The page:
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Healing touch

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Kelly Davall, of Saumaj Health Spa in the George Washington Hotel, gives office manager Debra Alsberry a massage. Sally Voth/Daily

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Kelly Davall gives a co-worker a chair massage at Saumaj Spa recently. Sally Voth/Daily

Health spa secret gem at George Washington Hotel

By Sally Voth -- svoth@nvdaily.com

Tucked away in a serene corner of The George Washington Hotel the tiny Saumaj Health Spa offers patrons relaxation and beautification.

The spa, which has just two treatment rooms, opened last December, managing member Kelly Davall said. She promotes the healing benefits of spa treatments.

"I really wanted to come at it from a healthful standpoint," said Davall, sitting in the spa's reception area, which is next to the hotel's Roman-bath style swimming pool in the George Washington's lower level. "If you're unstressed, if you have good health, you're going to be beautiful."

Saumaj offers a variety of massages, facials, body treatments and waxings. Davall is a certified massage therapist and body worker, and employes a second massage therapist and an esthetician. Serene and relaxing, the spa features marble and Tuscan-style accents.

She initially struggled with a name for the health spa. She knew she wanted a unique and sophisticated moniker, and got the idea for "Saumaj" while talking to a friend whose preschool-age daughter mispronounced "massage."

"Every night, she comes up to [Davall's friend], and says, 'Mommy, give me a saumaj,'" Davall sad. "I thought, 'There's the name.'"

In addition to relaxing massages, Saumaj offers ones relating to particular issues, she said. Her massage menu includes light-touch, therapeutic, deep tissue, chair, couples, sports, pregnancy, and hot-stone.

Customers can also get an abdominal massage to help with digestion, and there is a hydro-therapy massage for hotel guests. The latter includes a trip to the nearby pool or hot tub.

There is even a children's massage.

"We have had a few," Davall said of the children's massage.

Some parents get massages for their children simply for the experience, "but also, children have stress, and children have oftentimes physical issues," she said.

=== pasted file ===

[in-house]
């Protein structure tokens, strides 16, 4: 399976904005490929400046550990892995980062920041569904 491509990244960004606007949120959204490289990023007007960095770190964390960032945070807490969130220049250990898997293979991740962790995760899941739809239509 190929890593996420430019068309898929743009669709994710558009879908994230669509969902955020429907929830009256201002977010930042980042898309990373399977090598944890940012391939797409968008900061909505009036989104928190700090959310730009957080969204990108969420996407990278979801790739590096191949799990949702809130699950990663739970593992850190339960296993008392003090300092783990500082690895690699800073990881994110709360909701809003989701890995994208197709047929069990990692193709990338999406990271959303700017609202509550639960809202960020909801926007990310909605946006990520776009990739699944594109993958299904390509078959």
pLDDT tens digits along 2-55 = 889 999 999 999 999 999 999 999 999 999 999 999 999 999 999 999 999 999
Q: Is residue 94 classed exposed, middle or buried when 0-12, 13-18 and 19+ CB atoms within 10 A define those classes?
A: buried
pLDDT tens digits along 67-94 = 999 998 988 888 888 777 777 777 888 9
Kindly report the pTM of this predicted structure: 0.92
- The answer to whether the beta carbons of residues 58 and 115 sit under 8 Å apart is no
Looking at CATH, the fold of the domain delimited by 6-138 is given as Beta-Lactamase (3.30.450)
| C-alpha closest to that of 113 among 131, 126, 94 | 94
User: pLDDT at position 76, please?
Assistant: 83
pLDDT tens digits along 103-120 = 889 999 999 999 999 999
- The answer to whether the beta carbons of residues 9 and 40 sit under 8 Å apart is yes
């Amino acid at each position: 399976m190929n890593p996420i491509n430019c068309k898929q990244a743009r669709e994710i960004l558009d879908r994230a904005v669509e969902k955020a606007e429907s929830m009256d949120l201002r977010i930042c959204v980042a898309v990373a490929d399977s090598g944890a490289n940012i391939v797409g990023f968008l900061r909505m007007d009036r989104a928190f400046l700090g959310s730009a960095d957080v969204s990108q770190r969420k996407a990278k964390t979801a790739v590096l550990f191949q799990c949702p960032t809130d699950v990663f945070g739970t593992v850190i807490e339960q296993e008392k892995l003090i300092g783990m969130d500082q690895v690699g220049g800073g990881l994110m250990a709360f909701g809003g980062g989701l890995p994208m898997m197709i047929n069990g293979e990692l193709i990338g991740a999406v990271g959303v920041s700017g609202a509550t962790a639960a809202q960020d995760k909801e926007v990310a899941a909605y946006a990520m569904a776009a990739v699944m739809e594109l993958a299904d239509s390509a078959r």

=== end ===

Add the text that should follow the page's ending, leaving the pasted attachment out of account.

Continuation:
A variety of facials are offered, including those targeting acne, sensitive skin and aging. A partnership with an area plastic surgeon allows Saumaj to carry SkinMedica, an advanced skin care line of products, Davall said.

The Strasburg single mother graduated from the Shenandoah Valley School of Therapeutic Massage in Edinburg in 2005, and worked as a roving massage therapist treating employees at Shenandoah Memorial Hospital. She continues to do massages on Mondays at Crossroads Physical Therapy in Woodstock.

Davall then offered on-call massage therapy to guests at the George Washington, which led to the formation of the spa.

"I think more people are seeing the benefits of good skin care and massage," Davall said. "The No. 1 killer is stress. We really put a focus on health and kind of meeting people where they are, giving them what they want with some suggestions."

Both massage therapists are trained in "issue" work.

"We like to give people maybe some exercises or stretching, or things that they can take with them, so it's not just the spa experience, but maybe give them some little tips or knowledge to help their overall health," Davall said.

Office manager/receptionist Debra Alsberry was the recipient of a massage demonstration from Davall recently, one of the perks of the job. She said she thought the addition of the spa was an enhancement to an already four-star hotel.

Saumaj is open 9 a.m. to 7 p.m. Tuesday-Saturday. It is on Facebook, and its website is www.saumaj.com.

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